Tuesday, February 11, 2020

New VA budget the devil is in the details

The headline on Military.com is "VA Ramps Up Mental Health Funding After Rash of Parking Lot Suicides" but good time to remember the saying, "the devil is in the details" before you think this is a good thing.
The Department of Veterans Affairs is proposing spending $682 million more next fiscal year on mental health issues, and ramping up funding for suicide prevention efforts by one-third, as it faces Congressional scrutiny over a series of tragic incidents on VA premises over the past year.

The VA's budget request for fiscal 2021, released Monday, totals $243.3 billion -- a dramatic 10% increase from 2020. In addition to resourcing mental health and suicide prevention, it would nearly double the amount of funding for a joint VA-Defense Department effort to create a merged electronic health records system and provide a 9% increase to the budget for women's health care.
Image used by the Army Substance Abuse Program to bring attention to Suicide Awareness Month. (US Army/Michele Wiencek)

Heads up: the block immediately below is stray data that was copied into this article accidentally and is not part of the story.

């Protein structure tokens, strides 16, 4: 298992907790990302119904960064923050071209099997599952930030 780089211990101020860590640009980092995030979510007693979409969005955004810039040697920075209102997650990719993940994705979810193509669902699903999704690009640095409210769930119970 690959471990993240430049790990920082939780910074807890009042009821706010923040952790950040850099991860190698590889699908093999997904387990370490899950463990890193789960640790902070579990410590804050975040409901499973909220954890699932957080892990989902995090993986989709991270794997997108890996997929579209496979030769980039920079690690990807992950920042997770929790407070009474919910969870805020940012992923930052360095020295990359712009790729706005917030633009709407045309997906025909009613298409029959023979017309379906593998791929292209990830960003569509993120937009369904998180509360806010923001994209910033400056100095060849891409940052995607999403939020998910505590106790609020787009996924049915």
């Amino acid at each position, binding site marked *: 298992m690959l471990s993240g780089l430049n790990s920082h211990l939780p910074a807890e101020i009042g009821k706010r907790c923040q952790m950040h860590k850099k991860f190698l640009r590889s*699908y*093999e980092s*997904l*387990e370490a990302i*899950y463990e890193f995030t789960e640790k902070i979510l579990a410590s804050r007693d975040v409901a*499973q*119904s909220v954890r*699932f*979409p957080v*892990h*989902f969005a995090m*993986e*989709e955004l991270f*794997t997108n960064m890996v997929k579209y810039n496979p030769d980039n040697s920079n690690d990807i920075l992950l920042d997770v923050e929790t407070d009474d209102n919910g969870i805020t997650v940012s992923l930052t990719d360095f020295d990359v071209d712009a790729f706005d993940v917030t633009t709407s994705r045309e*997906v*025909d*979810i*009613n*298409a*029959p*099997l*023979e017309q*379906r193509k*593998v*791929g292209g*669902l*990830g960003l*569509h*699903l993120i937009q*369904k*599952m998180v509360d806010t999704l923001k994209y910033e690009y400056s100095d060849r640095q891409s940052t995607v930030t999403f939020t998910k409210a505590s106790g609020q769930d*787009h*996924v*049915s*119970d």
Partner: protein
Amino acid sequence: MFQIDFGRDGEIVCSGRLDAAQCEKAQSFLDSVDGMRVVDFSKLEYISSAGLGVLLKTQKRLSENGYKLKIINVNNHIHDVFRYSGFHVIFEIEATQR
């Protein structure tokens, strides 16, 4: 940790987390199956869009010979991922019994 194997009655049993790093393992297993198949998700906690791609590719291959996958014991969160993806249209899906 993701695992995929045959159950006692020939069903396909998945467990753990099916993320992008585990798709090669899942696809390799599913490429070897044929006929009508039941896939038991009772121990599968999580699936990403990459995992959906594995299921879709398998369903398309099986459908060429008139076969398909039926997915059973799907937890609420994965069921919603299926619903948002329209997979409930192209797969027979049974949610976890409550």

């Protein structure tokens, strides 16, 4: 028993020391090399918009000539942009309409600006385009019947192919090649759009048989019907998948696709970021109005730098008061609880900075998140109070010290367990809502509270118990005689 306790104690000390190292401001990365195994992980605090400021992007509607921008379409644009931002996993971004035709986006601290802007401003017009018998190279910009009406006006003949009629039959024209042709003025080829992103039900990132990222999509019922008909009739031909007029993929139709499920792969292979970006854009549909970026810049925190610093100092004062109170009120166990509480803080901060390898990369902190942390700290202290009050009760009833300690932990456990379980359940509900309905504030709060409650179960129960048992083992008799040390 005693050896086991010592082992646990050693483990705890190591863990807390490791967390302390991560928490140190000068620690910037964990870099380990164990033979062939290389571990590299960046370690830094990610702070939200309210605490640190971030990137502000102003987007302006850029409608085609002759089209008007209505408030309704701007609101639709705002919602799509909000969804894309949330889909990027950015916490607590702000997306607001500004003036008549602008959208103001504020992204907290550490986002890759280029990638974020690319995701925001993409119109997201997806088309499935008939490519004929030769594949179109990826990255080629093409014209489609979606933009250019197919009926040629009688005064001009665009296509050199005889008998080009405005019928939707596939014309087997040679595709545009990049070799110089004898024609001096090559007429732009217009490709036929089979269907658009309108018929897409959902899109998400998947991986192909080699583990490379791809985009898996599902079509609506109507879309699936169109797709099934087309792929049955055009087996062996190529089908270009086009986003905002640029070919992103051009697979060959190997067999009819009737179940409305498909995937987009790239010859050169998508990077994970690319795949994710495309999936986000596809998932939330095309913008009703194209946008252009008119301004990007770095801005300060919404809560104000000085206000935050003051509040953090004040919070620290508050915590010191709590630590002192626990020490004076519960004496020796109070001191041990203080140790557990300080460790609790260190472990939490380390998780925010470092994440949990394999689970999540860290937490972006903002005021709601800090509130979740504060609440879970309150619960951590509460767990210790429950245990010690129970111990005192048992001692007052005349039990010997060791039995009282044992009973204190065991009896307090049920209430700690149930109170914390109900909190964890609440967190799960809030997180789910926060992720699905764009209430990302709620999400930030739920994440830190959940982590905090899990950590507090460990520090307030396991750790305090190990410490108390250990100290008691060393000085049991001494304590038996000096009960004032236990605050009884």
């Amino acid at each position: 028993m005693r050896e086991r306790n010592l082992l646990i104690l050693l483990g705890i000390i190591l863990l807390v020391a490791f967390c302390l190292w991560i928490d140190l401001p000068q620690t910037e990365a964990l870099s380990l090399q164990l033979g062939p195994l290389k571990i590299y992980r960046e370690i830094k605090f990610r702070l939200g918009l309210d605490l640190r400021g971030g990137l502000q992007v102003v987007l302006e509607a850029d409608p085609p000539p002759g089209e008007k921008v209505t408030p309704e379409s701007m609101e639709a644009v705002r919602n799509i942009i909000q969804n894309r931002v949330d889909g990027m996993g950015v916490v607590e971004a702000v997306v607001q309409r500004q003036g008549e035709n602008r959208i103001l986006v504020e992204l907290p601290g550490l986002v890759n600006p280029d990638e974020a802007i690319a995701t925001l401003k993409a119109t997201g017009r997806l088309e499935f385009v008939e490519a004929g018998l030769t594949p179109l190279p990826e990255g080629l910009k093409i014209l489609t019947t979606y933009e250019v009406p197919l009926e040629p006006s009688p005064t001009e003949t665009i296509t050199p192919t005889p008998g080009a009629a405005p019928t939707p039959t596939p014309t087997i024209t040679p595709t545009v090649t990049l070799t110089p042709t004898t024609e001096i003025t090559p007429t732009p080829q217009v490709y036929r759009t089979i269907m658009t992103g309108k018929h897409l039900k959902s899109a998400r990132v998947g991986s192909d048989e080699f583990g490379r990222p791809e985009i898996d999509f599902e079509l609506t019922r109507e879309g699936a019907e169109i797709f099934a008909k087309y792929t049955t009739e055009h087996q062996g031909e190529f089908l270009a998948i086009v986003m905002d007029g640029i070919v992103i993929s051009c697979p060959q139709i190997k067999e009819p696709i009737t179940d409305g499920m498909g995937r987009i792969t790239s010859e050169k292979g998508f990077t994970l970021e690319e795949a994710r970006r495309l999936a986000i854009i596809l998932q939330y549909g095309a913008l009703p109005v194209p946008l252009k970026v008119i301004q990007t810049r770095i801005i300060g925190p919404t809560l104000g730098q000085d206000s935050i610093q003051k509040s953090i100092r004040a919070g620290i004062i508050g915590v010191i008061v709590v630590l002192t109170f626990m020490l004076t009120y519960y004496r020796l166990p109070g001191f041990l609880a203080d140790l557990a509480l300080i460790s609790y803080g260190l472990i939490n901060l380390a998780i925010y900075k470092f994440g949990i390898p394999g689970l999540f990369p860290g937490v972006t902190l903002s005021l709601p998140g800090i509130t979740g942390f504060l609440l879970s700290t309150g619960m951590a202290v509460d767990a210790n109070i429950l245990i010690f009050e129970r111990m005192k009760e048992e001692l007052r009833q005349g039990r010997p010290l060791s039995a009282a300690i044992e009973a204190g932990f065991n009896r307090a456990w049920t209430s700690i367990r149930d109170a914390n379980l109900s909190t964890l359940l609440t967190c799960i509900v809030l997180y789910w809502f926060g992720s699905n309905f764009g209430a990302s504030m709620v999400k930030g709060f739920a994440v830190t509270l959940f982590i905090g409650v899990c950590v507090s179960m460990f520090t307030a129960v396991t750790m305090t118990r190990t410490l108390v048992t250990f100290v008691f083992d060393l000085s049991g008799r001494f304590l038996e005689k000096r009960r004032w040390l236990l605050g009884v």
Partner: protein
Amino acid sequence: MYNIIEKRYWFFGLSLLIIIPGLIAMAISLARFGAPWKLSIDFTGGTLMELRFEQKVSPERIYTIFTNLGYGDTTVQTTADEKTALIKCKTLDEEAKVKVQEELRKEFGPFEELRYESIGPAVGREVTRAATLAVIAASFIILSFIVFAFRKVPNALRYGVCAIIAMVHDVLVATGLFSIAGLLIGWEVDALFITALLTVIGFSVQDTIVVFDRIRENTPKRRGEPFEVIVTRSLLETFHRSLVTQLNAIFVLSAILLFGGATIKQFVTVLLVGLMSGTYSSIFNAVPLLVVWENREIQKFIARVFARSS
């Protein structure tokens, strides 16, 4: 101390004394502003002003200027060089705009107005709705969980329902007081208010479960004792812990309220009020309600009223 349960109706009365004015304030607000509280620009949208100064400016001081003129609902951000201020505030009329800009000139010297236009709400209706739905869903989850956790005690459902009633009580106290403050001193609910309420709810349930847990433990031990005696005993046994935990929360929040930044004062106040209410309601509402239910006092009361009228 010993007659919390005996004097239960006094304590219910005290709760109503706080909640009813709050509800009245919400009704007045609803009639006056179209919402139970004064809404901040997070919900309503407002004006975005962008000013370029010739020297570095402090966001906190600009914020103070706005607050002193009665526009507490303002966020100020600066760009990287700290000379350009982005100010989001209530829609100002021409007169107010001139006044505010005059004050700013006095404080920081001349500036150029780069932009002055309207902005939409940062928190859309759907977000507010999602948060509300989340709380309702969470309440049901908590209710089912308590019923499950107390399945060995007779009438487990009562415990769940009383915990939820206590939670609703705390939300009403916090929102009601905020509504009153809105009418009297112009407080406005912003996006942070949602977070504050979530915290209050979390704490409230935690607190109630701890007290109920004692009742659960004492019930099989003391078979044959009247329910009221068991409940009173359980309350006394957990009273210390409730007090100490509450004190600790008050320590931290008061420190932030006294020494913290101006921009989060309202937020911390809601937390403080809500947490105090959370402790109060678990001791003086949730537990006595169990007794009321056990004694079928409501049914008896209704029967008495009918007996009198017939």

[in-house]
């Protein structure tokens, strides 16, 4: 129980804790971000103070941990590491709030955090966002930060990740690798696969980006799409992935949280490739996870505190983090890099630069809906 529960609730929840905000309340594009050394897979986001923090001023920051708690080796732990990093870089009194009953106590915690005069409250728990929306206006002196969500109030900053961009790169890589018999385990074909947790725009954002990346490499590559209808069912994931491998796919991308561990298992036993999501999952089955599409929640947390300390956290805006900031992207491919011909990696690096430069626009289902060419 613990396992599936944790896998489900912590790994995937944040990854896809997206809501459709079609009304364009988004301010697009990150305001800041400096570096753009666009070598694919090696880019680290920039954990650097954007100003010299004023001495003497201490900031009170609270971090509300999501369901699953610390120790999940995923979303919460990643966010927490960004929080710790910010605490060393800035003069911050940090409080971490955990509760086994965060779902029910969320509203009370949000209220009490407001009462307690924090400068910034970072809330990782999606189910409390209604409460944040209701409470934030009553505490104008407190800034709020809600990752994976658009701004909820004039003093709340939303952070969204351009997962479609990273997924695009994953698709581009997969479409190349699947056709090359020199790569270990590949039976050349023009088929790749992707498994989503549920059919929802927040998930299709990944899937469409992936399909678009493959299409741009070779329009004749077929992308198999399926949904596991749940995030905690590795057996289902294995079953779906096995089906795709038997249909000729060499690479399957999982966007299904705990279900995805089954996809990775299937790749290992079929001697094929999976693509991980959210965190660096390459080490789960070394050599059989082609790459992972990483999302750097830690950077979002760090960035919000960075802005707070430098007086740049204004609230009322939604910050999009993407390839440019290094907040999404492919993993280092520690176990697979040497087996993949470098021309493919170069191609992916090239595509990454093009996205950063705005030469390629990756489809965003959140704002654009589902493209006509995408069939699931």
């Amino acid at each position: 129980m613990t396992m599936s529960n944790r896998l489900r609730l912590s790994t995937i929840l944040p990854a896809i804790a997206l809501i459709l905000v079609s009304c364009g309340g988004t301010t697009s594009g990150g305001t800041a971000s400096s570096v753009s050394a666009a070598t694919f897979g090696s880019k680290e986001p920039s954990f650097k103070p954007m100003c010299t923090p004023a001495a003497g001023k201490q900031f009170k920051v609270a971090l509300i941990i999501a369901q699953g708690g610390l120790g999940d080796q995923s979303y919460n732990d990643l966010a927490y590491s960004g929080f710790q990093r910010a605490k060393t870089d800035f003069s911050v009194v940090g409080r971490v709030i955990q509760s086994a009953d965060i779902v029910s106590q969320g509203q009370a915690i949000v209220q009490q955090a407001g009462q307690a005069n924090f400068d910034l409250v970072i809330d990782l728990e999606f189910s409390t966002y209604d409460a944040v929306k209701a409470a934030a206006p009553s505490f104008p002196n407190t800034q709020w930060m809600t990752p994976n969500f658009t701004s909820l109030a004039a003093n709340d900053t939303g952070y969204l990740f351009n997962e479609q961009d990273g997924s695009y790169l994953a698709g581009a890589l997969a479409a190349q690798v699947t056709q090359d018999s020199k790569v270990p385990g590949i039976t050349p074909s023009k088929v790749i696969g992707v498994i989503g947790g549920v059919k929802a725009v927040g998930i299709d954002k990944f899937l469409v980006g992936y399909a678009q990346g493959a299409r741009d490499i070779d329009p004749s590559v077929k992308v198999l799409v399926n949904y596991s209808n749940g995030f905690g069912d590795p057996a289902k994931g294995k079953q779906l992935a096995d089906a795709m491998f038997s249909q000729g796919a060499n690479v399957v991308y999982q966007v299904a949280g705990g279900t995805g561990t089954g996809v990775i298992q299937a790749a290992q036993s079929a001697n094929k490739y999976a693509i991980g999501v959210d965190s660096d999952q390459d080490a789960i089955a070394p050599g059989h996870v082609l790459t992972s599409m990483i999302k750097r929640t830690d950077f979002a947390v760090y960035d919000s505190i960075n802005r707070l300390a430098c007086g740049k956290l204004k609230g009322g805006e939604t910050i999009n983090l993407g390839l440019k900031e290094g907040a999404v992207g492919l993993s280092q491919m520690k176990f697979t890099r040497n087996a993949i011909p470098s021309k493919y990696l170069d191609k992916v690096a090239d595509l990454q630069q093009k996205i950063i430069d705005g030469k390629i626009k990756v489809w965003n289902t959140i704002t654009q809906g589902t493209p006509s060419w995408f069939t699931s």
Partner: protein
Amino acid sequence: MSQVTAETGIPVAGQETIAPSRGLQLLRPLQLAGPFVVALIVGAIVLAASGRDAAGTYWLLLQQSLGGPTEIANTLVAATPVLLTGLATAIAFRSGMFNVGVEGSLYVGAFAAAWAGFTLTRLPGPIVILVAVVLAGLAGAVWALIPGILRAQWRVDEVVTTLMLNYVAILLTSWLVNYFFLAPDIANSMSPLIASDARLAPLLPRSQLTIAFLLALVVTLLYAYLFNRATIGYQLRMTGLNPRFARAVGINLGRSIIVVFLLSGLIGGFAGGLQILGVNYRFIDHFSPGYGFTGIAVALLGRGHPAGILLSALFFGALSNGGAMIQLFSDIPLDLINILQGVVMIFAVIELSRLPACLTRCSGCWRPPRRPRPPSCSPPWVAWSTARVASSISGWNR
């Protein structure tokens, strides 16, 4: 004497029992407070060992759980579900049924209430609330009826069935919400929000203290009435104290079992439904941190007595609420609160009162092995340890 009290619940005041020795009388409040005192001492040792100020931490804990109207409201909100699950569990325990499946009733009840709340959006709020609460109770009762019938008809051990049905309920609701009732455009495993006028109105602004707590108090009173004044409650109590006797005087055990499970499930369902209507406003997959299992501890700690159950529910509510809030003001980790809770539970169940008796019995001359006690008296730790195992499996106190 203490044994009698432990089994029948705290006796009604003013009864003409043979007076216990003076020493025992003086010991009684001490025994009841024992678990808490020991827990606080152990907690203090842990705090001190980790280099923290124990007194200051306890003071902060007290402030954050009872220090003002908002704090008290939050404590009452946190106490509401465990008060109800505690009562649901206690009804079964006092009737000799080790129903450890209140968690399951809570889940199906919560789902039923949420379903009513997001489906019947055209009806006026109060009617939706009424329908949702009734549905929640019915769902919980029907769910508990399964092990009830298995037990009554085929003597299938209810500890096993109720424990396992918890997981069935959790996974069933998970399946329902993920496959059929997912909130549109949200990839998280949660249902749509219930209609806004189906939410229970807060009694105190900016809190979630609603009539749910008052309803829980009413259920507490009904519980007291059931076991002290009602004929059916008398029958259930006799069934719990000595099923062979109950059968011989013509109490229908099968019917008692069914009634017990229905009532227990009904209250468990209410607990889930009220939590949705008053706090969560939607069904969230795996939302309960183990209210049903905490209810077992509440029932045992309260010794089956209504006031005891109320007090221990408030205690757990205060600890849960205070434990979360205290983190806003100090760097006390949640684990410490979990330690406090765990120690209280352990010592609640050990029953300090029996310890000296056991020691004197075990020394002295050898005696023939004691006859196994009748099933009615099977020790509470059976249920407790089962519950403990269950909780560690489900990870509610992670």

And here is the catch
"Despite significant investments in mental health care for veterans -- a top priority for the President, this Committee and VA -- these funds direct resources outside VA into grant programs and the Prevents Task Force instead of being used to explicitly support veterans in crisis at VA," Rep. Mark Takano, D-California, said in a statement Monday.
Plus another one.
Another point of contention with Congress is the electronic health records system (EHR). Designed to combine a variety of health records programs across the VA while also giving the Pentagon a way to transfer in its health records, the roll out has been delayed several times.

The VA's proposed budget would give the EHR effort $2.6 billion - nearly doubling the amount from FY 2020.

How many more years...how much more money will be spent when the results are so terrible veterans have been committing suicide in VA Parking lots?

This is from Connecting Vets
The 10-year endeavor already meant VA had to continue to maintain costly existing programs dating back to the 1970s, and VA leaders told Congress last year they weren’t sure exactly how much it’s cost so far, though the Government Accountability Office said VA spent at least $2.3 billion maintaining the system in 2015-17.

Staff said VA informed them the delay is due to issues with VA’s private network of community healthcare providers “not being ready.”

But after Wilkie dismissed the deputy secretary last week, staff said he told them he did a “deep dive” review of EHR readiness, spoke with leaders at the pilot VA hospital and decided to delay the launch.

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